Zagat is Calling – Are You Ready?
You’ve set up your F&B budget for the year based on expected inflows and outflows for operating your dining establishment at the hotel in a profitable mode. However, you relied on economic trends from previous years (lean and getting leaner) and forgot to include one of your most important expenses – marketing your operation.
Marketing doesn’t have to be a hard cost expense; it can be in the form of upgrading how your staff (and personnel, overall) contribute to the image you are presenting to your end-users (guests, visitors).
Press reviews, including a barrage of current-day, socio-media communications (i..e, Facebook, Twitter, various blog forums, etc.) have an enormous impact on your hotel’s operation and profitability. The necessary interplay between a guest and the hotel staff must always be cohesively managed, yet too many F&B managers have become lax in aggressively focusing on the bottom line.
Newly remodeled or retrofitted furniture and furnishings in all the guest rooms and dining outlets, dynamic IT systems throughout the hotel, and guest-friendly kiosks throughout the public spaces may provide certain benefits towards operating efficiencies. This may all look impressive until the monthly executive meetings take place and the revenue generators just aren’t producing optimal inflows.
It’s all the little things that take place in any given hotel (with F&B operations, in particular) that make a difference and even your staff can tell the difference without looking at the spreadsheets. The staff morale may be less than optimal because no one is incentivizing them to “make a difference each day.” Most GMs have a motto (slogan) appended to every email they send out, but how often do they live up to it themselves? I bet if each employee were given a chance to literally own the problem which they may confront each day in a successful manner that takes mediocrity to superiority, they should be able to attain a share of that profitable measure. Consider setting up an incentive program for your employees and you should see a marked improvement in your bottom line. Even if it takes a staff job captain to quantify everyone’s job performance on a daily basis, it would instill improved group motivation to assist one another and go beyond their typical duties if it meant creating an outstanding day at your hotel.
Occasionally hotel management will employ mystery shoppers to evaluate various aspects of a hotel’s daily activities, including catching staff (at all levels) complaining about their jobs or other random personnel issues, even guest issues, within earshot of public spaces. As the saying goes, “these walls have ears.” Your employees need to conduct themselves in a professional manner while on the job (whether in the break room or in guest-contact areas). Cell phone conversations on private time should be conducted in more private areas and certainly not taken at all during one’s employment hours unless there’s an emergency. This may seem more like a typical nuance of the younger employees who show little regard (and respect) for the importance of the job they hold (perhaps they are just “passing thru” and have not necessarily decided this is their ultimate career path) – and speaks volumes for dissatisfaction in being at a job they do not hold very highly. Everyone (generally) starts out at the bottom and works their way to the top. They get there faster when they are productive, good listeners, and incentivized to excel because they believe in being a professional at their job. They will stand out and they will get to where they want to be if they are. Shortcomings are the cause of mediocre profitability and this may be found at all levels within the organizational chart at your hotel and restaurant.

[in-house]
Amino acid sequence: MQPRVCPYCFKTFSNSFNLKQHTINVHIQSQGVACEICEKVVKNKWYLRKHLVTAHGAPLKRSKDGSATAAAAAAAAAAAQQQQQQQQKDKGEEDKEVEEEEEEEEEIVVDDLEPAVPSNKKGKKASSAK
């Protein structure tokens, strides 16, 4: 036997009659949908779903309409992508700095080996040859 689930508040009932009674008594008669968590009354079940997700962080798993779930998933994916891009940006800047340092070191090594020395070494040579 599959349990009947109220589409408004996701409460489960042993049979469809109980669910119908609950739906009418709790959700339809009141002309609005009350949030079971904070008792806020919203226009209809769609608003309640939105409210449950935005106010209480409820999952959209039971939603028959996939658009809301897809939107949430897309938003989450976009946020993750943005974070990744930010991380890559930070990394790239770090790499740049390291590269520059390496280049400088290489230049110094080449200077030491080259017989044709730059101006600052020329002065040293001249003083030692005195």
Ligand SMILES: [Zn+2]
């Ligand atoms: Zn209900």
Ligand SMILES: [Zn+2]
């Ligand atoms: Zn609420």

Create a professional culture of hospitality at your hotel and demand it, don’t assume it. Set up a suggestion box for employees and you will be surprised at the overwhelming level of petty complaints from most staffers. You will see very few complimentary remarks as most people tend to think it’s not necessary, but you’d be surprised at how loud those messages reach their mark with middle- to upper-management executives. Anonymity is OK, but you should feel you can produce your John Hancock on any written statement without repercussion. It merely reflects the authenticity and valor of the inscriber. THAT person will get somewhere because he/she has the confidence in making a valid statement and can back it up with bona fide examples of what’s not working. I, personally, would be quick to challenge that worthy inscriber who submitted their actual “suggestion” to work with me on fixing what’s wrong and become part of the solution. Now you’re allowing your staff to “take ownership” within the hotel’s operations and this may involve revisiting your managerial priorities.
As generalized as this may come across, perhaps management should perform self-awareness critiques on its personnel at all levels to ensure that everyone is working towards servicing the hotel guests and the F&B operations throughout the property. Just because you have a five-star restaurant off the lobby doesn’t mean your al fresco poolside dining facility should be subpar in performance and servicing standards. You still have the same guest availing themselves of every outlet on your property, and it should employ five-star-quality employees and attitudes.
I bet you can identify a direct correlation in this scenario with some improvement to your bottom line. I know I expect this of any hospitality facility I visit because this is, indeed, what the profession possesses as its regimen: To service the guest…all the time and anywhere at the hotel.
To put it simply: If Zagat is calling, are you ready?